Though records show the Pinot Noir Conference officially started in 1979, according to Brooks, it had been taking place unofficially for several years prior inside Richmond’s California backyard.

“Once it moved to Steamboat, it really evolved,” Brooks said. “People knew that Oregon was going to be important for Pinot Noir. There was the feeling that California’s technical chops could meld with Oregon’s climate and soil potential.”

Originally, the annual conference was meant to alternate between Oregon and California, but the genius of the Steamboat location was that it wasn’t in wine country, so none of the locals could return to their homes at night, requiring some serious socializing.

The conference ultimately became a sacred space for Pinot Noir winemakers from around the world — places like France, Germany, New Zealand — to gather and discuss their craft without worrying what outsiders would say.

“You could go there and let your hair down to discuss nuances of technique that wouldn’t be discussed with the press or general public,” Brooks said. The private group created an opportunity for makers and growers to commiserate with their peers in an unguarded space to discuss any concerns without fear of judgement or misunderstanding. The goal was to simply increase the quality of Pinot Noir through a blind, technical tasting, truly dissecting the entire production process.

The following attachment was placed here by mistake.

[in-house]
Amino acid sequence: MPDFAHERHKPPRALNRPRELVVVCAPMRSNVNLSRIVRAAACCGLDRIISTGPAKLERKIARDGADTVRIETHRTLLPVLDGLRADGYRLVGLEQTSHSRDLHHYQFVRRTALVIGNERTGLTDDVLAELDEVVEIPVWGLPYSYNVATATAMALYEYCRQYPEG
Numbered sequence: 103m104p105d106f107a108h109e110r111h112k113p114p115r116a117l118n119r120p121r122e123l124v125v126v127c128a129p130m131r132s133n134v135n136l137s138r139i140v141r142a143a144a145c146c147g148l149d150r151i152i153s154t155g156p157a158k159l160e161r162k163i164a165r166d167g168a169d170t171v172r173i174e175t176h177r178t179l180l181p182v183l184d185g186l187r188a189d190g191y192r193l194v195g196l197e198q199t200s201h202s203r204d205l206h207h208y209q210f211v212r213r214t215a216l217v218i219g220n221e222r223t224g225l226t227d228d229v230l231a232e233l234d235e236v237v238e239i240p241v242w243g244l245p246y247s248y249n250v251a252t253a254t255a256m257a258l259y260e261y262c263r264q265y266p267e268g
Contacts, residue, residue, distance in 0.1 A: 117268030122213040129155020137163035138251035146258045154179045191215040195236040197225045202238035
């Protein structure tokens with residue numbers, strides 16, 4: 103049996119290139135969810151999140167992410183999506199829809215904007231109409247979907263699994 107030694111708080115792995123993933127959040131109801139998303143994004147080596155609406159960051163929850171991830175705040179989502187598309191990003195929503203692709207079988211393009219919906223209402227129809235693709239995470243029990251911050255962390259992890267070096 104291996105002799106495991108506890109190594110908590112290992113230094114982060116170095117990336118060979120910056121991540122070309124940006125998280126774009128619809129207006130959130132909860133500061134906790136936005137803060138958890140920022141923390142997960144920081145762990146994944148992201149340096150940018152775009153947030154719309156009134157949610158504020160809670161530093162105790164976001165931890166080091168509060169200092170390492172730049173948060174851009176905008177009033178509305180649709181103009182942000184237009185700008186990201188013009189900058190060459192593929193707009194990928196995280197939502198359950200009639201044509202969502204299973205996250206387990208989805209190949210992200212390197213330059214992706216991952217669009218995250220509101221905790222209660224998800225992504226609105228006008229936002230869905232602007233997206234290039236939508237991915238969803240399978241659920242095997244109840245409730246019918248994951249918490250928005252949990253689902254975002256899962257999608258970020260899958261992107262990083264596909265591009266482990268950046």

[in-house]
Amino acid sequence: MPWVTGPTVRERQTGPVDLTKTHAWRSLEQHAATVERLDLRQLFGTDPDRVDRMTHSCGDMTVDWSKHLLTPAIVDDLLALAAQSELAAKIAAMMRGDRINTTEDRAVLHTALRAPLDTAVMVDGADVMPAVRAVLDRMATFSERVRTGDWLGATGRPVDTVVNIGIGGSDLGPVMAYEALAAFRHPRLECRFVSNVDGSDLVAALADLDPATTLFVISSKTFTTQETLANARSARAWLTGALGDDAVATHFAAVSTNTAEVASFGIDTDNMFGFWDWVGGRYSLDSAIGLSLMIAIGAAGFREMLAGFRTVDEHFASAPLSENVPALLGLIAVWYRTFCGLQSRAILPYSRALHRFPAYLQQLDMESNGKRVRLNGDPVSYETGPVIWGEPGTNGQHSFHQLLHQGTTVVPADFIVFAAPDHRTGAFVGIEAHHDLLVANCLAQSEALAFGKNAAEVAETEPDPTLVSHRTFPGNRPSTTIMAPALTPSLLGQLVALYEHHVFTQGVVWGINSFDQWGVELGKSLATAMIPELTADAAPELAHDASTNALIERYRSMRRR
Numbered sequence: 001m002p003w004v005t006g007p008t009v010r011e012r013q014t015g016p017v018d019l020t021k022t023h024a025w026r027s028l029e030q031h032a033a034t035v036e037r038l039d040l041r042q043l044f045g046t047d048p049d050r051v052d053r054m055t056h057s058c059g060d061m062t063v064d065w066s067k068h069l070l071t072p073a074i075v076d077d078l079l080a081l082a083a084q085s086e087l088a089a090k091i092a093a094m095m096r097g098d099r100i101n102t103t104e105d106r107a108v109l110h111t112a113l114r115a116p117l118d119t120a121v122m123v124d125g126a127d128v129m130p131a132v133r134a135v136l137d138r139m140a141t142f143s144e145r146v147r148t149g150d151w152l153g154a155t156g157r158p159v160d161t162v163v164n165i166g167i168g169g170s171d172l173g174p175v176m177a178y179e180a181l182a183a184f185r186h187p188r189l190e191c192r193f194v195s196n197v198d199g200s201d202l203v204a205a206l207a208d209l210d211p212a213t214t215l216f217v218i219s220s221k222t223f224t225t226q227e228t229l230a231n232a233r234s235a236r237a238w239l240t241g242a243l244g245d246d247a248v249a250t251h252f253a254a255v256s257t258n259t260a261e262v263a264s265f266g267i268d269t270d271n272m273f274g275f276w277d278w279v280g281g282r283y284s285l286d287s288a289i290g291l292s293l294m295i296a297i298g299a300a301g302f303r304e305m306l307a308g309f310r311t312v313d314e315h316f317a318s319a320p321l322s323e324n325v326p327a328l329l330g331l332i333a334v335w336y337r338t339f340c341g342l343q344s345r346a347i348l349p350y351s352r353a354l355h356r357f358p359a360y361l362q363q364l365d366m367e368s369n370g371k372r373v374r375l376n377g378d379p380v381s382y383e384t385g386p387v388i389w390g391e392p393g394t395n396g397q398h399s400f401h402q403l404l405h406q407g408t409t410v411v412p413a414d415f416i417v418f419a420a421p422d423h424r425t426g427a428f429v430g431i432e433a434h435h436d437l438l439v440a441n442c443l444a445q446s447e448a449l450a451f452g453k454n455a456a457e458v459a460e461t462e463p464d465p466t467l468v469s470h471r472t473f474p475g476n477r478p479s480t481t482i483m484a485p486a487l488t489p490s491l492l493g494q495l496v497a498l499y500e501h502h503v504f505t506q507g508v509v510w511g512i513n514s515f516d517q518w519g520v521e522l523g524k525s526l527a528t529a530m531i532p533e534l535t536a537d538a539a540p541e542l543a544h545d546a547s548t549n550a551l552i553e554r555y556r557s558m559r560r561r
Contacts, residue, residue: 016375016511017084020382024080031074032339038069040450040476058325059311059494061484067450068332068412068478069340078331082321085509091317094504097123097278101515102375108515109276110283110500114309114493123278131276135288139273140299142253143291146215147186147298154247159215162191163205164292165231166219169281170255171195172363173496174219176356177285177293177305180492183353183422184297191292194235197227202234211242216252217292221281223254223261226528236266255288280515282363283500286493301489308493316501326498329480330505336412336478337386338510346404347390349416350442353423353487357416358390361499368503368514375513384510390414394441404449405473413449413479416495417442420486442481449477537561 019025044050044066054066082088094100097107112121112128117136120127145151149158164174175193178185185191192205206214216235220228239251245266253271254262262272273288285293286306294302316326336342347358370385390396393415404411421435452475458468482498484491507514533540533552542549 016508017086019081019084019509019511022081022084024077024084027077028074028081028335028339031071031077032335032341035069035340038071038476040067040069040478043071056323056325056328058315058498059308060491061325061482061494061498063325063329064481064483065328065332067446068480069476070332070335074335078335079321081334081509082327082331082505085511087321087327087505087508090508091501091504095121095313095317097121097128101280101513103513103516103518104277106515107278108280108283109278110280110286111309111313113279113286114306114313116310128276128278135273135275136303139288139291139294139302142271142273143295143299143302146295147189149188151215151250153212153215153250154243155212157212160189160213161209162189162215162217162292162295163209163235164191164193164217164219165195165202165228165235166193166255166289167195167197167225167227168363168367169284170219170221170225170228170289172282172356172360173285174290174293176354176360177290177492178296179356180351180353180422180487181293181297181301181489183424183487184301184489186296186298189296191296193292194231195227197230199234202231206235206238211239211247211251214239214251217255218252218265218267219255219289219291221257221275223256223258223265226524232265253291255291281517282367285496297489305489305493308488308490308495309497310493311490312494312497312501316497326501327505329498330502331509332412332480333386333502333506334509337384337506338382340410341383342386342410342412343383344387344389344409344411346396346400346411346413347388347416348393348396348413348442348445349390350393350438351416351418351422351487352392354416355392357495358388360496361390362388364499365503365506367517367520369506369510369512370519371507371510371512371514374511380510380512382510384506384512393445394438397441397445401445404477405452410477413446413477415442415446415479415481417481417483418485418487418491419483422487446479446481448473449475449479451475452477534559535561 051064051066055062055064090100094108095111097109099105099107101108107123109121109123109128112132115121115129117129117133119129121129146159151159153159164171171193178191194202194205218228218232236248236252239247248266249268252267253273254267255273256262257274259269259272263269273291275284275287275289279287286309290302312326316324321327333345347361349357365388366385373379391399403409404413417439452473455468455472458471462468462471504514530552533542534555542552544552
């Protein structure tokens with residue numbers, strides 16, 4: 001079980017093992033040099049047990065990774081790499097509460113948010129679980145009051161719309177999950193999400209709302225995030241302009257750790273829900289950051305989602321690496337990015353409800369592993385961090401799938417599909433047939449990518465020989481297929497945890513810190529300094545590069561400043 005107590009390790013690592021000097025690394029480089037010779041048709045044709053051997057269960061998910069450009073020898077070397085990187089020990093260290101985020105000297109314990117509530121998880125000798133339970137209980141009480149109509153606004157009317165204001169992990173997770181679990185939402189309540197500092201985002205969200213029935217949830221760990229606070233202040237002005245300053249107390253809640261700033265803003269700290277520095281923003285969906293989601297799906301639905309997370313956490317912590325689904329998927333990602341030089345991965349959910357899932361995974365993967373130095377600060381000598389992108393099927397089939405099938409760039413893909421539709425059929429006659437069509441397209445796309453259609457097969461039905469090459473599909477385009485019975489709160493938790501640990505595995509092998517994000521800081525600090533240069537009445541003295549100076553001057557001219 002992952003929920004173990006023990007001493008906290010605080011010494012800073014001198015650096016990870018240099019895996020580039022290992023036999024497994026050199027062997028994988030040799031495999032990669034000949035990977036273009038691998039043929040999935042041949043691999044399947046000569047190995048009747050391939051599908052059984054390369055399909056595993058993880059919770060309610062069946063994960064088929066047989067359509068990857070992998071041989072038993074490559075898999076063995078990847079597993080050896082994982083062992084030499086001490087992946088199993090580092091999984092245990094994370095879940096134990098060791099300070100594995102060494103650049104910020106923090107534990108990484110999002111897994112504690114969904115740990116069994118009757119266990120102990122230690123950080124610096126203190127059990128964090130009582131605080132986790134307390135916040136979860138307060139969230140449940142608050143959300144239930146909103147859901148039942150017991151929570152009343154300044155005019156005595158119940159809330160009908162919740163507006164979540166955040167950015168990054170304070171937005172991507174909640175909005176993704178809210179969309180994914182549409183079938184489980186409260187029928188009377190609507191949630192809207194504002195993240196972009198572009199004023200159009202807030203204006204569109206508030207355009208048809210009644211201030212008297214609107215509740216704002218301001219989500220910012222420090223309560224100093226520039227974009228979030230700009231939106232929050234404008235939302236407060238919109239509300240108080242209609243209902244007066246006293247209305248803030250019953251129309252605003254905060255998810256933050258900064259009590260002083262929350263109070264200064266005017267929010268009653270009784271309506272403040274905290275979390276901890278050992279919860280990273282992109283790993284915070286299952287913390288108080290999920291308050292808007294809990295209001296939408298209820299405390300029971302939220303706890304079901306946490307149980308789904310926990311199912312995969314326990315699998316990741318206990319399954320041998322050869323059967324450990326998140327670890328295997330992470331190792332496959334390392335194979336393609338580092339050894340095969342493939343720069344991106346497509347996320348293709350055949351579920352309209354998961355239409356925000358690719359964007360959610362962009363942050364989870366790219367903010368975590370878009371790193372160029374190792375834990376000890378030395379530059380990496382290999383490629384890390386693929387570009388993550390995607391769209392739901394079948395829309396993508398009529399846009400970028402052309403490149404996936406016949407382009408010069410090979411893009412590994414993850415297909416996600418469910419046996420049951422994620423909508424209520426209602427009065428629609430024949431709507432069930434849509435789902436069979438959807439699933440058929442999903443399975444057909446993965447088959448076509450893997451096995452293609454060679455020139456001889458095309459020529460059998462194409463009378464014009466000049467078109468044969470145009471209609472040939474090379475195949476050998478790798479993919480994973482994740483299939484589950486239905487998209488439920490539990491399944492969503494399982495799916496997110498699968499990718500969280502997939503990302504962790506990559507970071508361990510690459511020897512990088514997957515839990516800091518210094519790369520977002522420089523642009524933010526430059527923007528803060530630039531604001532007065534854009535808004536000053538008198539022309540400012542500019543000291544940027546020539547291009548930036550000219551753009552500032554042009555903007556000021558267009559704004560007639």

In the early days, many Oregon wine entrepreneurs did not necessarily have a great deal of technical experience. The conference transmitted basic information about how to make wine in a consistent and replicable fashion. “The middle years were probably the most productive,” Brooks said. “California had a deeper wine culture, different from Oregon at that time, and sharing that tribal knowledge really helped level the playing field.”

Thomas Houseman, former winemaker of Anne Amie Vineyards, first attended in 2005, while he was the assistant winemaker at Ponzi Vineyards. He recalls, “Larry Brooks became my mentor and guided my winemaking career. The event was about these deep friendships you made and the information you got. You just couldn’t get that information anywhere else; it wasn’t stuff you could learn in a book.”

Over two days, winemakers gathered in a room critically tasting wines in a closed discussion. “It allowed us to be open and vulnerable in ways we couldn’t be with the public or media,” Houseman said. “We sometimes tasted hideous wines that would have never been tasted publicly.”